Morning, June 7, edited from Spurgeon’s Morning and Evening

“Hate evil, you who love the Lord.” — Psalm 97:10

You have good reason to “hate evil;” only consider what harm it has already brought you. Oh, what a world of mischief sin has brought into your heart! Sin blinded you so that you could not see the beauty of the Savior; it made you deaf so that you could not hear the Redeemer’s tender invitations. Sin turned your feet into the path of death and poured poison into the very fountain of your being; it tainted your heart, and made it “more deceitful than all else and desperately sick.” Oh, what a creature you were when evil had done its utmost with you, before divine grace intervened! You were an heir of wrath even as others; you “followed the masses in doing evil.” Such were all of us; but Paul reminds us, “you were washed, you were sanctified, you were justified in the name of the Lord Jesus Christ and in the Spirit of our God.” We have good reason, indeed, for hating evil when we look back and trace its deadly workings. Such mischief did evil do to us, so much so that our souls would have been lost had not omnipotent love intervened to redeem us. Even now it is an active enemy, always watching to do us harm, and to drag us to perdition. Therefore “hate evil,” O Christians, unless you desire trouble. If you would strew your path with thorns, and plant thistles in your deathbed’s pillow, then neglect to “hate evil:” but if you would live a happy life, and die a peaceful death, then walk in all the ways of holiness, hating evil, even to the end. If you truly love your Savior, and would honor him, then “hate evil.” We know of no cure for the love of evil in a Christian like abundant interaction with the Lord Jesus. Dwell often with him, and it is impossible for you to be at peace with sin.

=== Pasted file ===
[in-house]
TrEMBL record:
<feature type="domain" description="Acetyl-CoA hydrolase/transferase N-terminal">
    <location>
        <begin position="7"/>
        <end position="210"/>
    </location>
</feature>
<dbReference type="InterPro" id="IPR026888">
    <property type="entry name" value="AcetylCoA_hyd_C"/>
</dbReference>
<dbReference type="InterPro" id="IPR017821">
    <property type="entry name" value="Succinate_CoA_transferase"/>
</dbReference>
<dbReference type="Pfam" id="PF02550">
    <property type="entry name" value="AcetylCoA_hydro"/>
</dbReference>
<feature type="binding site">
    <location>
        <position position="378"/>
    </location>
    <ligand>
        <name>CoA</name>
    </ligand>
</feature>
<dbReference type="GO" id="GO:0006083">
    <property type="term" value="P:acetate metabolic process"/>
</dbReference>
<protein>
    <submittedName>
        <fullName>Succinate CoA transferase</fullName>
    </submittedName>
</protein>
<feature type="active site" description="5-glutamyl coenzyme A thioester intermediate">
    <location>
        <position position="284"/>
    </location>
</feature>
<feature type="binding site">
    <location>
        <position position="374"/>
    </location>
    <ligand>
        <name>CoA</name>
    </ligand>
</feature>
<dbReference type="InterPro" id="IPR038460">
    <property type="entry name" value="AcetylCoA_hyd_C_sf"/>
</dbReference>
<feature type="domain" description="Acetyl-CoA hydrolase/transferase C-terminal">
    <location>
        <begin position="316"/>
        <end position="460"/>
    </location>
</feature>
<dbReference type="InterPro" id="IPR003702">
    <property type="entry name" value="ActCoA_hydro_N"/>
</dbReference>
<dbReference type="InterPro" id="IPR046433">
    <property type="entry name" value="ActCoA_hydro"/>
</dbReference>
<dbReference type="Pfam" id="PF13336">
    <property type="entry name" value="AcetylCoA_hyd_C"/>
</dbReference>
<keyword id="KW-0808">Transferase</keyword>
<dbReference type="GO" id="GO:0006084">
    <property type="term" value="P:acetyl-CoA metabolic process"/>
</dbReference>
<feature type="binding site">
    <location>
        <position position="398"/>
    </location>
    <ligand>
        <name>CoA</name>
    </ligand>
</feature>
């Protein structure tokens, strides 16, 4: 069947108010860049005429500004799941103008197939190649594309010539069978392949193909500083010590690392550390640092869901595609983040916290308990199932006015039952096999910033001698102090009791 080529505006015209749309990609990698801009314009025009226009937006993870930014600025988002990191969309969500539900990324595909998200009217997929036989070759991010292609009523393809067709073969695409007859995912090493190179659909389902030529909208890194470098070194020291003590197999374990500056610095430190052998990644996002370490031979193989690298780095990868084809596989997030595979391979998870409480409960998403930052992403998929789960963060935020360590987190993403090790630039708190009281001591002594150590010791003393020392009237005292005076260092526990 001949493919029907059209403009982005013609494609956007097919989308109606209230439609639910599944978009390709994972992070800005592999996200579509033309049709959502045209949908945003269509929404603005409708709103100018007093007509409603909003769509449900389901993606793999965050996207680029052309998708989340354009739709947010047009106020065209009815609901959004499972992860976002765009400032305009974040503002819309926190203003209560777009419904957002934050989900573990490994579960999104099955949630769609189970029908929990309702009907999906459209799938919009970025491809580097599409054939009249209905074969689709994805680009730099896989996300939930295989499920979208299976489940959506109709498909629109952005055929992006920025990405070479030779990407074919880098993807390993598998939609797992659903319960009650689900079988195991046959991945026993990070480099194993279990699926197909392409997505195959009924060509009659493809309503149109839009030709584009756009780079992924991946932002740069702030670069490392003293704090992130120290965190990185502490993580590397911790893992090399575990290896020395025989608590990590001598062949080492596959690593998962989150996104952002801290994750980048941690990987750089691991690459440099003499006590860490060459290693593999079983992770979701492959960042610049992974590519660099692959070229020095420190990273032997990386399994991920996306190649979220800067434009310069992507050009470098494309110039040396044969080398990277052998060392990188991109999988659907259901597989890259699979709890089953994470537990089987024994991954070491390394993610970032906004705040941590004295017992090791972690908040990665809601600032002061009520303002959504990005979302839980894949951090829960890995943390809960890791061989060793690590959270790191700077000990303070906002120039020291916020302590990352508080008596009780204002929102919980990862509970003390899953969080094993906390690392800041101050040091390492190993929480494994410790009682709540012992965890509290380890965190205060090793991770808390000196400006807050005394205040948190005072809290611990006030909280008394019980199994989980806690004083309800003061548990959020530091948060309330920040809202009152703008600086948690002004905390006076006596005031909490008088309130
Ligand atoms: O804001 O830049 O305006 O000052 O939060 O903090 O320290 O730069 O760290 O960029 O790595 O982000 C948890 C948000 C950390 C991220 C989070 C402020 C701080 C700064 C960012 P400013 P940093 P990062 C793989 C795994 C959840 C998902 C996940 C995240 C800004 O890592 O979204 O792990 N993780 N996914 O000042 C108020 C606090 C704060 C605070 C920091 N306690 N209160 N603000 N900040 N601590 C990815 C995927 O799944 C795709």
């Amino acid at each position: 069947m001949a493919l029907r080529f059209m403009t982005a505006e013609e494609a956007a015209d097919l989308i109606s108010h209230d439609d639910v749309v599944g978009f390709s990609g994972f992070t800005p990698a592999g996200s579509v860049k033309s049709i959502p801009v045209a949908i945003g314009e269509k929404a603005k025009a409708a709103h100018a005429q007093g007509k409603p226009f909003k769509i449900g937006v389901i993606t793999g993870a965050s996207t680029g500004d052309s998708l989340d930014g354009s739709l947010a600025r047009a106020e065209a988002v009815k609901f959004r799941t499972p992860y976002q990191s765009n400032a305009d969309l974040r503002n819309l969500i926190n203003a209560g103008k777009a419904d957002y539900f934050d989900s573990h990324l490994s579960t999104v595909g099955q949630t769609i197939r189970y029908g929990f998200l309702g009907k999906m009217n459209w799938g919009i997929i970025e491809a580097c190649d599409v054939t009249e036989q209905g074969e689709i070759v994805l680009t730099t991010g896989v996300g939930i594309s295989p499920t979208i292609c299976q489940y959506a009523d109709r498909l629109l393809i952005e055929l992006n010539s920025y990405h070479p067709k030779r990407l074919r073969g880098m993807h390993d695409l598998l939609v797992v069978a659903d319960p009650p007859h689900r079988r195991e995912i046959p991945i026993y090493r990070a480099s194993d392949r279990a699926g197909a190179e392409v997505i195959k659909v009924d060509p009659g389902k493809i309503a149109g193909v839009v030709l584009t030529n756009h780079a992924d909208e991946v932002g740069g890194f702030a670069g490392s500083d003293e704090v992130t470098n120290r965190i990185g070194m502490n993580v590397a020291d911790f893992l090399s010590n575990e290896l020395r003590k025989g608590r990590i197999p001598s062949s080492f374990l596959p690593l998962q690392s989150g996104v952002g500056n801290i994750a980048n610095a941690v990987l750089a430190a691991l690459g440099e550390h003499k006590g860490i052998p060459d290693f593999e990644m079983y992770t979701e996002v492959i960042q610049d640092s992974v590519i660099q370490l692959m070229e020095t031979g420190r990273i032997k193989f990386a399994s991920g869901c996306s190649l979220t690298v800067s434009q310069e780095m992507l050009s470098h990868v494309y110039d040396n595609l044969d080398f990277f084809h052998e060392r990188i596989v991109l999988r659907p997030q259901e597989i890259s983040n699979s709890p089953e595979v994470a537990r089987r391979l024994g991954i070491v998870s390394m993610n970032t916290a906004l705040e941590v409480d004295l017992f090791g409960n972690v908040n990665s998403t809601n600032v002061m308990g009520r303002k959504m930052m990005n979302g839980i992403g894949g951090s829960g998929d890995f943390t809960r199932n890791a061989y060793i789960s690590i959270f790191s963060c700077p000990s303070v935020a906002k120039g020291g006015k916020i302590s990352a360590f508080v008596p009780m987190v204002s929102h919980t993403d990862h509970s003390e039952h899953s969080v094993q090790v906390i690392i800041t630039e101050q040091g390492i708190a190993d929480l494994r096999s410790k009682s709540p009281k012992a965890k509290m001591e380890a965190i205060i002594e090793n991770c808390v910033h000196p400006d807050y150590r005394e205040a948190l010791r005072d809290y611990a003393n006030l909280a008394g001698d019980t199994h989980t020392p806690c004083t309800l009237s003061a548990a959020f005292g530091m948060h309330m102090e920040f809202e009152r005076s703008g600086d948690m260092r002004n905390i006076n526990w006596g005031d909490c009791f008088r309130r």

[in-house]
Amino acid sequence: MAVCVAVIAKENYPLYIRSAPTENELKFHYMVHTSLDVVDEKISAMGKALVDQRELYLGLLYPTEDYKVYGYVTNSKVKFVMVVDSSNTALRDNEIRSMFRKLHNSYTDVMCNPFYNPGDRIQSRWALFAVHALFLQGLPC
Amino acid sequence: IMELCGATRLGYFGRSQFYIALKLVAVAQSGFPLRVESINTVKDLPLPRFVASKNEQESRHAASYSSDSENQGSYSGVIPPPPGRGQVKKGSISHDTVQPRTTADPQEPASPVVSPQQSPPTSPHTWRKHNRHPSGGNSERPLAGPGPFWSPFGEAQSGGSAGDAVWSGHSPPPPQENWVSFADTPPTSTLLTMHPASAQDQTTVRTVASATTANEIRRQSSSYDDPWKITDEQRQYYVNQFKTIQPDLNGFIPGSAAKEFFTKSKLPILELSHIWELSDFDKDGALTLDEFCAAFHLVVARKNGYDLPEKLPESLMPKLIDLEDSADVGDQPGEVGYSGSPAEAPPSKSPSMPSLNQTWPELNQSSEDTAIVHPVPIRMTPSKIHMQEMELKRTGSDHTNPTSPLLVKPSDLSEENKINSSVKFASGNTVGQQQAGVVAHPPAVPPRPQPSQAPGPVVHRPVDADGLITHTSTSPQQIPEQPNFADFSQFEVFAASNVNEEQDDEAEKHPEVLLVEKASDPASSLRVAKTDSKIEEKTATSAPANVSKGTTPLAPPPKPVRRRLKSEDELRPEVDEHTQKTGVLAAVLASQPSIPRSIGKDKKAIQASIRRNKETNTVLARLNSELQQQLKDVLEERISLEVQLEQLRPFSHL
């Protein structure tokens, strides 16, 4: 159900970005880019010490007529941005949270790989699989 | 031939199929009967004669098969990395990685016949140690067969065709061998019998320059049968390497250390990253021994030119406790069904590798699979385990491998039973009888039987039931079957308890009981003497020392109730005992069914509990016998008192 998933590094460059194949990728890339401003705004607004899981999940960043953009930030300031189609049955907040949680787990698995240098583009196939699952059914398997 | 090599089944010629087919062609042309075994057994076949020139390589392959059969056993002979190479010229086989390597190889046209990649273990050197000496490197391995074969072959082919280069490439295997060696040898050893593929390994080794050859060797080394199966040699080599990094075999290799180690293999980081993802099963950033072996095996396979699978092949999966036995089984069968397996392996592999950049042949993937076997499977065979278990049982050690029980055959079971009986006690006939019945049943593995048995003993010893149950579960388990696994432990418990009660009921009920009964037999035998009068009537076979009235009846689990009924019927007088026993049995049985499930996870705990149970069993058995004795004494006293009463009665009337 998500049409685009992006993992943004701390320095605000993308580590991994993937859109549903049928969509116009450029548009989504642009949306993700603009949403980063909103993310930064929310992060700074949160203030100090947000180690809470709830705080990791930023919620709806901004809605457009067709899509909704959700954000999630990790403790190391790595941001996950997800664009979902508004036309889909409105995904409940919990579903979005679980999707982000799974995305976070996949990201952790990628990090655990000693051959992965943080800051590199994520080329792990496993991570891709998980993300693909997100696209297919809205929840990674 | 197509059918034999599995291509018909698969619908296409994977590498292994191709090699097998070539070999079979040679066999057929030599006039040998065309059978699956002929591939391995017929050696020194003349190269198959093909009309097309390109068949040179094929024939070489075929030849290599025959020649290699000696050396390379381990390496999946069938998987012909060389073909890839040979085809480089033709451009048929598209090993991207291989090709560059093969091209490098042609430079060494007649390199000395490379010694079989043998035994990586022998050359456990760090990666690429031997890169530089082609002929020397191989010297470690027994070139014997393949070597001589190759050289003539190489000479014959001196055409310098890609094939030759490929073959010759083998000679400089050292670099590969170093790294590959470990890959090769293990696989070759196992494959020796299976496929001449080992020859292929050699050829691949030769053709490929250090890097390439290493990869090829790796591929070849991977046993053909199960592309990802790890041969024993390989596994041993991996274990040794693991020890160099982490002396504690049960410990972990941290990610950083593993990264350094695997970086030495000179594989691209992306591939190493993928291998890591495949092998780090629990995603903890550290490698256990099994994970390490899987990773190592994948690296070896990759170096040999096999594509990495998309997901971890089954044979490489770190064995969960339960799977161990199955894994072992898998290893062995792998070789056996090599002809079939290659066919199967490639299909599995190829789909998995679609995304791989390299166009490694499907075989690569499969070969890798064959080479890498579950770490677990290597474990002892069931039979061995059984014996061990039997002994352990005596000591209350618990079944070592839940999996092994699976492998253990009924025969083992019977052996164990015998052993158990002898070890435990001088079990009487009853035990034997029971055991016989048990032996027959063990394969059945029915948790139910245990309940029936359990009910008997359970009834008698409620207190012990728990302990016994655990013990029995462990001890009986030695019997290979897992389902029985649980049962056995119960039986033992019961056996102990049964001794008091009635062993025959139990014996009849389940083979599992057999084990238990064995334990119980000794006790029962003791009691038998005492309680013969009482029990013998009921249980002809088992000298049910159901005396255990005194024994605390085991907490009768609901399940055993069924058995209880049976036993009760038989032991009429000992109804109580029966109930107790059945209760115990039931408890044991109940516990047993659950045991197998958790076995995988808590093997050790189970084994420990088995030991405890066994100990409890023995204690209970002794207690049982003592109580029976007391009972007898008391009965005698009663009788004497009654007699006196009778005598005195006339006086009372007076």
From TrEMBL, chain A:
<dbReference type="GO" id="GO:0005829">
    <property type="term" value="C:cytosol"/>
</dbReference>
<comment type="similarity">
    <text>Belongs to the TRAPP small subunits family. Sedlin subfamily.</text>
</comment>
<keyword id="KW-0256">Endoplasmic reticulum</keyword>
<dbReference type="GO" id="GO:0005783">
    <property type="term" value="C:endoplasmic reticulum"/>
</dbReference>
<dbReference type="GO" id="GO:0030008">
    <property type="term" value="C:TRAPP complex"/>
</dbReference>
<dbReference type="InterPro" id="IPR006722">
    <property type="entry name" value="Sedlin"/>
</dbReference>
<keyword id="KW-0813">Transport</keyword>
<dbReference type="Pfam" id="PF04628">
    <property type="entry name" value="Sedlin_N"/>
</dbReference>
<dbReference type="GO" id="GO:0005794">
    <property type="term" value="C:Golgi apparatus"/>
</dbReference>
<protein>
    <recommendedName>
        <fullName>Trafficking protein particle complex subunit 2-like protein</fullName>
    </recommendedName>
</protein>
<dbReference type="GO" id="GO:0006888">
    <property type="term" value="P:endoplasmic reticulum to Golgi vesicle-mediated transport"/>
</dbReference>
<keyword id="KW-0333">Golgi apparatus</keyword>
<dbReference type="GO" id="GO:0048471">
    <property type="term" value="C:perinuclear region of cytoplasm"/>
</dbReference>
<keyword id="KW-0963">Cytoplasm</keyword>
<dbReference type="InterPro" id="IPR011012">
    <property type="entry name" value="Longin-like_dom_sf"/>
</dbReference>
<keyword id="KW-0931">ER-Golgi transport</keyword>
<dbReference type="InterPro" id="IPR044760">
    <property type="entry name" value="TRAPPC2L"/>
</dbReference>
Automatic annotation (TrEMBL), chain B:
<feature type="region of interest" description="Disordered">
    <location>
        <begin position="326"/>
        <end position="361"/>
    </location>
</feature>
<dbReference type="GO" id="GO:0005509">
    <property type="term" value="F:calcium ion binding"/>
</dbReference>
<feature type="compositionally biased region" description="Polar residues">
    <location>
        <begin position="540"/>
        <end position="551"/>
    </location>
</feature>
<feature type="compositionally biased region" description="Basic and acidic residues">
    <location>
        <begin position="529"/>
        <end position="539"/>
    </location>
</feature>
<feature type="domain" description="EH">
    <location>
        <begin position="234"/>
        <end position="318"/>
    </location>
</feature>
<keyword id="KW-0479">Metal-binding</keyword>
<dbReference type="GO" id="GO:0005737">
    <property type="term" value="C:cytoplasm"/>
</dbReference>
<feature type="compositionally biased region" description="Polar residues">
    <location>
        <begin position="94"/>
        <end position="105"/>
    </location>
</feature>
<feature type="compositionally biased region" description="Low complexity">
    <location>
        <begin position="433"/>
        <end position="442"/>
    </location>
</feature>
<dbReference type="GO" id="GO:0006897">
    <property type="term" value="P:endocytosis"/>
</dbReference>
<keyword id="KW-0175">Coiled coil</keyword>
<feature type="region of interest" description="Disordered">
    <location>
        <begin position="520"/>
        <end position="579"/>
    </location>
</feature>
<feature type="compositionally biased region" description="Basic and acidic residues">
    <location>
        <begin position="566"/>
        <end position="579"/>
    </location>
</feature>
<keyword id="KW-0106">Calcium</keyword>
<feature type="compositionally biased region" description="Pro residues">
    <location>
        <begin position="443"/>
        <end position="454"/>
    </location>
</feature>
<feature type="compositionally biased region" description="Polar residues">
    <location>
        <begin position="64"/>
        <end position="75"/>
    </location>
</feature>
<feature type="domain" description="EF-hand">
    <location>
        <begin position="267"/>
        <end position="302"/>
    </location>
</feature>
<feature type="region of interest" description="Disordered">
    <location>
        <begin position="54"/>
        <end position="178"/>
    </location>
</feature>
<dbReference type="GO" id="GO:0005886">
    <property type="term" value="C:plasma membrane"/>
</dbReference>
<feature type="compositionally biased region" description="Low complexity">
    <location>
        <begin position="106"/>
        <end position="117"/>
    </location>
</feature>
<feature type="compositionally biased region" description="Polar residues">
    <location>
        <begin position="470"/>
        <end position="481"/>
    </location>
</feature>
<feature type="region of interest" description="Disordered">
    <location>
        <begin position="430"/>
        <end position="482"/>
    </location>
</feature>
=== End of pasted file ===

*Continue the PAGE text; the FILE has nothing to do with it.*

“Order my footsteps by thy Word,

And make my heart sincere;

Let sin have no dominion, Lord,

But keep my conscience clear.”